Sears Binds Newspaper Circulars, Web
About half of the items in the channel's home improvement, lawn/garden, appliances and electronics categories are available via online fulfillment. Delivery for apparel from its women's, men's, girls', boys' and babies' sections is unavailable. The channel's viewers are encouraged to build printable shopping lists for items not delivered.
"[It's] difficult to say whether it will have a greater impact on either Internet or store sales because it's hard to track exactly how many customers the Web drives to the stores," said Matthew Spahn, director of media planning and analysis at Sears, Hoffmann Estates, IL.
A button for Weekly Store Ads appears near the top right corner at Sears.com. Its copy reads, "See this week's ad for your local Sears store," while an image of two of the retailer's circulars acts as the background.
Clicking the ad leads to a page asking viewers to input their ZIP codes to show the nearest Sears location. Also appearing will be featured product offerings, which will vary by what each store carries.
The viewers' cookie will remember the ZIP code upon their next visit to the channel, and it again will pitch offers available at the nearest store. If viewers wish to search products at another location, they can hit a link positioned to the right of the store address and enter a different ZIP code.
Sears put the ad button up in May without promotion. Though response rates weren't made available, it evidently has performed well enough for Sears to continue with a plan to give the channel significant play in its newspaper circulars starting in mid-October.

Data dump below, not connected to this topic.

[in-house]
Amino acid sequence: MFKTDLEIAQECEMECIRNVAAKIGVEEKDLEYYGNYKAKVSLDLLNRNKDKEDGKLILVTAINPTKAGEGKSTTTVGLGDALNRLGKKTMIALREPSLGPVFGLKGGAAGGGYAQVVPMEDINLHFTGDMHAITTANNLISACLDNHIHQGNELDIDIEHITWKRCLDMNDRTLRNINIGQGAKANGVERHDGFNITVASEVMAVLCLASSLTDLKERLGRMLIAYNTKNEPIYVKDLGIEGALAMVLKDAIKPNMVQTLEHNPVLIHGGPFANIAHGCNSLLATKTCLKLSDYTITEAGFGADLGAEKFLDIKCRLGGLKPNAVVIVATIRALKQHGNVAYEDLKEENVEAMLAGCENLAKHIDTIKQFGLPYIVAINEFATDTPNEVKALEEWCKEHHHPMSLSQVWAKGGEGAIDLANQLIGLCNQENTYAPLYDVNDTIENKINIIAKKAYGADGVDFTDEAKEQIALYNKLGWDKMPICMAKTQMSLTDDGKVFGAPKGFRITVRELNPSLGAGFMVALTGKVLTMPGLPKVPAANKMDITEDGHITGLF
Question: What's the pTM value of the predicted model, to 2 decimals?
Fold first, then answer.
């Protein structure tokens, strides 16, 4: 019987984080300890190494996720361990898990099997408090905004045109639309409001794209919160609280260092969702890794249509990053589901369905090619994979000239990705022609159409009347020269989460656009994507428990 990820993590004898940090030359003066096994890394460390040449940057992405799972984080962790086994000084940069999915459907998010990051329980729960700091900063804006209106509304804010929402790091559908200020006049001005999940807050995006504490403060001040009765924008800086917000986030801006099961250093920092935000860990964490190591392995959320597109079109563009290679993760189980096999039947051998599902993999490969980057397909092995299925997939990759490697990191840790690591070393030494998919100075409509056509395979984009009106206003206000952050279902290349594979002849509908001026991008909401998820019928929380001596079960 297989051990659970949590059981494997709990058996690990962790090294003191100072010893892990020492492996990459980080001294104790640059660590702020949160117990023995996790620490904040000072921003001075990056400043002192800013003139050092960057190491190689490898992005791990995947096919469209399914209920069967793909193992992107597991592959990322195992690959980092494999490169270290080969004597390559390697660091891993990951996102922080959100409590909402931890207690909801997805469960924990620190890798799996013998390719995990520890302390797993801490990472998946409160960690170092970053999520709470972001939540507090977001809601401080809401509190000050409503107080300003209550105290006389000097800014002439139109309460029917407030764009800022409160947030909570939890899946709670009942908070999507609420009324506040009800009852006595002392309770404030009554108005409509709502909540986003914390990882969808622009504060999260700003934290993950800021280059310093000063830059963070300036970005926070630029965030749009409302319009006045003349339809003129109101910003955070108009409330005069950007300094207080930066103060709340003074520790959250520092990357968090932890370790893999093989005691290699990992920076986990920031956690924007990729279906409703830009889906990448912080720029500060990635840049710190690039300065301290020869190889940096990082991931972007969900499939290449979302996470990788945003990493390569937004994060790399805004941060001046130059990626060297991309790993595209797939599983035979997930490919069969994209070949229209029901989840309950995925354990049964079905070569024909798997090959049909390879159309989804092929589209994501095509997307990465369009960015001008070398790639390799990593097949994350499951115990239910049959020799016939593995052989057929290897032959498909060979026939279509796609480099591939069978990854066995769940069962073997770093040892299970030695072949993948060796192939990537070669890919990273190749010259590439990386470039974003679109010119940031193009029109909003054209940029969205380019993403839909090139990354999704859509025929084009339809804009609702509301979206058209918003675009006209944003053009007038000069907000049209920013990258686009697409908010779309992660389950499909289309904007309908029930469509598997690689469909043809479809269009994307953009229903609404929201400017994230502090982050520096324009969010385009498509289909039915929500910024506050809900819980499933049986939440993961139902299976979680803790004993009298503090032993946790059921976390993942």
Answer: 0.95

Spahn said his firm hopes that having the circular's prices available at the stores and online will drive overall sales and improve the print piece's cost-effectiveness as newspaper audiences dip nationwide.
"We think it will improve the return on investment for the preprints," he said. "Declining circulations have hurt our ability to get the preprints into our customers' hands."
The Weekly Store Ads channel was partly spawned from customer surveys that showed 10 percent of the retailer's major appliance customers had researched items on the Web before purchasing. Sears estimates that such customers were responsible for more than $500 million of its revenue last year.
Recent reports from market analysis firms showing that viewers increasingly use the Internet for product research before making offline purchases has also led Sears to further mesh its online and store strategies.